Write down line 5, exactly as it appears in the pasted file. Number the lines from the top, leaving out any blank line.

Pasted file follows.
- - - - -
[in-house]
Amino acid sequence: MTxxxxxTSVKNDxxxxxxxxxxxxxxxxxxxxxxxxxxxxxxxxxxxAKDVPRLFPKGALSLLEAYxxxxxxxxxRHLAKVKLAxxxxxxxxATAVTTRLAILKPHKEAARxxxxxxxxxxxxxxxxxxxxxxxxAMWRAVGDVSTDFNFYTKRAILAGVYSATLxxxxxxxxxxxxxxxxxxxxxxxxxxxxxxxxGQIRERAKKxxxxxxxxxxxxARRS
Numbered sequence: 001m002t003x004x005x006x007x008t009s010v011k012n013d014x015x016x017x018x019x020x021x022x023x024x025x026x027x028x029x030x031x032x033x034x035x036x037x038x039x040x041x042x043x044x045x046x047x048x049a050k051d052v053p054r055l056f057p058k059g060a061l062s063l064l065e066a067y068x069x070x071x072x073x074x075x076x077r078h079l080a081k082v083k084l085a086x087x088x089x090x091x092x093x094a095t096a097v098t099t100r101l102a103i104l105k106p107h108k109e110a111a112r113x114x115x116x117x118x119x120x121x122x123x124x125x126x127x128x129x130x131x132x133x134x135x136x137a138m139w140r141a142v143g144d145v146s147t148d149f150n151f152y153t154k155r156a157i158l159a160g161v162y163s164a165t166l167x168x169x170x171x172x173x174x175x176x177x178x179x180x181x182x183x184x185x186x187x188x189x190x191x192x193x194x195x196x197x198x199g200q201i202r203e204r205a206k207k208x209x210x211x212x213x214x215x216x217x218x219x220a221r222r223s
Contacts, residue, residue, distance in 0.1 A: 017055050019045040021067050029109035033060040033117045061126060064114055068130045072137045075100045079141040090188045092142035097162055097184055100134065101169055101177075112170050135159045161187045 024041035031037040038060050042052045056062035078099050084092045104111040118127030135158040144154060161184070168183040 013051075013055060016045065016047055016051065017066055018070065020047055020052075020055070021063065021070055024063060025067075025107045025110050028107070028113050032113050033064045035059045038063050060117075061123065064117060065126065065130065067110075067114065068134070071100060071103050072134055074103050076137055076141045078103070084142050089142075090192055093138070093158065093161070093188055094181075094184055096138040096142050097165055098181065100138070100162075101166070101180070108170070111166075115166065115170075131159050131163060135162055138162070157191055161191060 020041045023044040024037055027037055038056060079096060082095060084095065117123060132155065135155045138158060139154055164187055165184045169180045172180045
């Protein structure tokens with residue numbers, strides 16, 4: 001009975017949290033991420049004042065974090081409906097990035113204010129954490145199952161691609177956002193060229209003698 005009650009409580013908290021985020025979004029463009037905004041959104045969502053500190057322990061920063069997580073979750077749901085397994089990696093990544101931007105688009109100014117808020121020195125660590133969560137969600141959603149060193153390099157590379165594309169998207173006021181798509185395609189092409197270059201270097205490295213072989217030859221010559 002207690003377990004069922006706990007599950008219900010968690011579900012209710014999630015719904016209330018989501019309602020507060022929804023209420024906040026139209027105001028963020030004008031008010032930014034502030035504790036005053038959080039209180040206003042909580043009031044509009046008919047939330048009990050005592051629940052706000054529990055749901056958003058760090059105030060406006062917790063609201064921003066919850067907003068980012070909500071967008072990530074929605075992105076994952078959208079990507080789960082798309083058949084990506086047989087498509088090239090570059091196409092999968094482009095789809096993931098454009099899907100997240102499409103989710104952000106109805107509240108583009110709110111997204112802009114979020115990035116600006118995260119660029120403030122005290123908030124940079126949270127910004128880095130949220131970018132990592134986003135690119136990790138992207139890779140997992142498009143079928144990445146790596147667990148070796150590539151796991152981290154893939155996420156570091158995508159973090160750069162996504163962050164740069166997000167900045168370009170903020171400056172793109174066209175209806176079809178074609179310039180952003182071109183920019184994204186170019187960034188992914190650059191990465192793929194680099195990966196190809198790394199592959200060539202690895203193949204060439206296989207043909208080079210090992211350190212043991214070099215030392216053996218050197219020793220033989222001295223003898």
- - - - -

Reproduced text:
């Protein structure tokens with residue numbers, strides 16, 4: 001009975017949290033991420049004042065974090081409906097990035113204010129954490145199952161691609177956002193060229209003698 005009650009409580013908290021985020025979004029463009037905004041959104045969502053500190057322990061920063069997580073979750077749901085397994089990696093990544101931007105688009109100014117808020121020195125660590133969560137969600141959603149060193153390099157590379165594309169998207173006021181798509185395609189092409197270059201270097205490295213072989217030859221010559 002207690003377990004069922006706990007599950008219900010968690011579900012209710014999630015719904016209330018989501019309602020507060022929804023209420024906040026139209027105001028963020030004008031008010032930014034502030035504790036005053038959080039209180040206003042909580043009031044509009046008919047939330048009990050005592051629940052706000054529990055749901056958003058760090059105030060406006062917790063609201064921003066919850067907003068980012070909500071967008072990530074929605075992105076994952078959208079990507080789960082798309083058949084990506086047989087498509088090239090570059091196409092999968094482009095789809096993931098454009099899907100997240102499409103989710104952000106109805107509240108583009110709110111997204112802009114979020115990035116600006118995260119660029120403030122005290123908030124940079126949270127910004128880095130949220131970018132990592134986003135690119136990790138992207139890779140997992142498009143079928144990445146790596147667990148070796150590539151796991152981290154893939155996420156570091158995508159973090160750069162996504163962050164740069166997000167900045168370009170903020171400056172793109174066209175209806176079809178074609179310039180952003182071109183920019184994204186170019187960034188992914190650059191990465192793929194680099195990966196190809198790394199592959200060539202690895203193949204060439206296989207043909208080079210090992211350190212043991214070099215030392216053996218050197219020793220033989222001295223003898």